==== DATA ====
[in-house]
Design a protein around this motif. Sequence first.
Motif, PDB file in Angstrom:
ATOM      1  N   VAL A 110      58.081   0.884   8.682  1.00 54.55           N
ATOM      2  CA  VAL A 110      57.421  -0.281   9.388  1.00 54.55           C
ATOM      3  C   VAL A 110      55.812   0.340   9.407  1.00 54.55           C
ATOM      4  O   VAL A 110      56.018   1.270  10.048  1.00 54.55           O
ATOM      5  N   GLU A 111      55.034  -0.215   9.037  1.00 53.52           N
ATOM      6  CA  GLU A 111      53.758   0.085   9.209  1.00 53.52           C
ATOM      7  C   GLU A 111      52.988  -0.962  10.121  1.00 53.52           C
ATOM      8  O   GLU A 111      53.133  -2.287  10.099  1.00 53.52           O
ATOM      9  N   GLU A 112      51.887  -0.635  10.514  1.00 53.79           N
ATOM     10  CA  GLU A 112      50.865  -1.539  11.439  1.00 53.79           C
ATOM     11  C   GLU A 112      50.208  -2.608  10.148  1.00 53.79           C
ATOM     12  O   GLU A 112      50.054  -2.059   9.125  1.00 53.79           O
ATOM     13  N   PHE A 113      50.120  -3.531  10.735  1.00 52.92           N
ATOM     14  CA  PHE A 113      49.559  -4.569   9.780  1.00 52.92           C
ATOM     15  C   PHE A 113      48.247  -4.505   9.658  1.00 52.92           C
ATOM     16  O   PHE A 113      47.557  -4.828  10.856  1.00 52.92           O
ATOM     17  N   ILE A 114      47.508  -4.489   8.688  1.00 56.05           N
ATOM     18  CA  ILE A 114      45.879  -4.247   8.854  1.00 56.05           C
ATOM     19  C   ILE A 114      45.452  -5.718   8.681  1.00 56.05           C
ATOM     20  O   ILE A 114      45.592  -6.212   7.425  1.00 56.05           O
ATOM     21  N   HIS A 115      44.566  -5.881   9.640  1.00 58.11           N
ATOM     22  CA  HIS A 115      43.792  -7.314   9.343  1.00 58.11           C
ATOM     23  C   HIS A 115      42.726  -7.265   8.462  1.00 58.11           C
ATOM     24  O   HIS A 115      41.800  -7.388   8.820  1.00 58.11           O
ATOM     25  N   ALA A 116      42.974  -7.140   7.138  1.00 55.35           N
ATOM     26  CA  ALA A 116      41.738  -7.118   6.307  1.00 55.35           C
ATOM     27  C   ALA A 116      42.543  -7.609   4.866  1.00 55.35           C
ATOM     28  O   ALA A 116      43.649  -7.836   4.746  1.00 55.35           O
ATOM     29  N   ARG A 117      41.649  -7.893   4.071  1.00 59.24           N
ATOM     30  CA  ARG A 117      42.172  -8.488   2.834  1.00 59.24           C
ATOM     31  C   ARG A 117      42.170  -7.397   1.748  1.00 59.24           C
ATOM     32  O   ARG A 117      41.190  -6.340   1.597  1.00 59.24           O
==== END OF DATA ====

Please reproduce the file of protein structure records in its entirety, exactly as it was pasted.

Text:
[in-house]
Design a protein around this motif. Sequence first.
Motif, PDB file in Angstrom:
ATOM      1  N   VAL A 110      58.081   0.884   8.682  1.00 54.55           N
ATOM      2  CA  VAL A 110      57.421  -0.281   9.388  1.00 54.55           C
ATOM      3  C   VAL A 110      55.812   0.340   9.407  1.00 54.55           C
ATOM      4  O   VAL A 110      56.018   1.270  10.048  1.00 54.55           O
ATOM      5  N   GLU A 111      55.034  -0.215   9.037  1.00 53.52           N
ATOM      6  CA  GLU A 111      53.758   0.085   9.209  1.00 53.52           C
ATOM      7  C   GLU A 111      52.988  -0.962  10.121  1.00 53.52           C
ATOM      8  O   GLU A 111      53.133  -2.287  10.099  1.00 53.52           O
ATOM      9  N   GLU A 112      51.887  -0.635  10.514  1.00 53.79           N
ATOM     10  CA  GLU A 112      50.865  -1.539  11.439  1.00 53.79           C
ATOM     11  C   GLU A 112      50.208  -2.608  10.148  1.00 53.79           C
ATOM     12  O   GLU A 112      50.054  -2.059   9.125  1.00 53.79           O
ATOM     13  N   PHE A 113      50.120  -3.531  10.735  1.00 52.92           N
ATOM     14  CA  PHE A 113      49.559  -4.569   9.780  1.00 52.92           C
ATOM     15  C   PHE A 113      48.247  -4.505   9.658  1.00 52.92           C
ATOM     16  O   PHE A 113      47.557  -4.828  10.856  1.00 52.92           O
ATOM     17  N   ILE A 114      47.508  -4.489   8.688  1.00 56.05           N
ATOM     18  CA  ILE A 114      45.879  -4.247   8.854  1.00 56.05           C
ATOM     19  C   ILE A 114      45.452  -5.718   8.681  1.00 56.05           C
ATOM     20  O   ILE A 114      45.592  -6.212   7.425  1.00 56.05           O
ATOM     21  N   HIS A 115      44.566  -5.881   9.640  1.00 58.11           N
ATOM     22  CA  HIS A 115      43.792  -7.314   9.343  1.00 58.11           C
ATOM     23  C   HIS A 115      42.726  -7.265   8.462  1.00 58.11           C
ATOM     24  O   HIS A 115      41.800  -7.388   8.820  1.00 58.11           O
ATOM     25  N   ALA A 116      42.974  -7.140   7.138  1.00 55.35           N
ATOM     26  CA  ALA A 116      41.738  -7.118   6.307  1.00 55.35           C
ATOM     27  C   ALA A 116      42.543  -7.609   4.866  1.00 55.35           C
ATOM     28  O   ALA A 116      43.649  -7.836   4.746  1.00 55.35           O
ATOM     29  N   ARG A 117      41.649  -7.893   4.071  1.00 59.24           N
ATOM     30  CA  ARG A 117      42.172  -8.488   2.834  1.00 59.24           C
ATOM     31  C   ARG A 117      42.170  -7.397   1.748  1.00 59.24           C
ATOM     32  O   ARG A 117      41.190  -6.340   1.597  1.00 59.24           O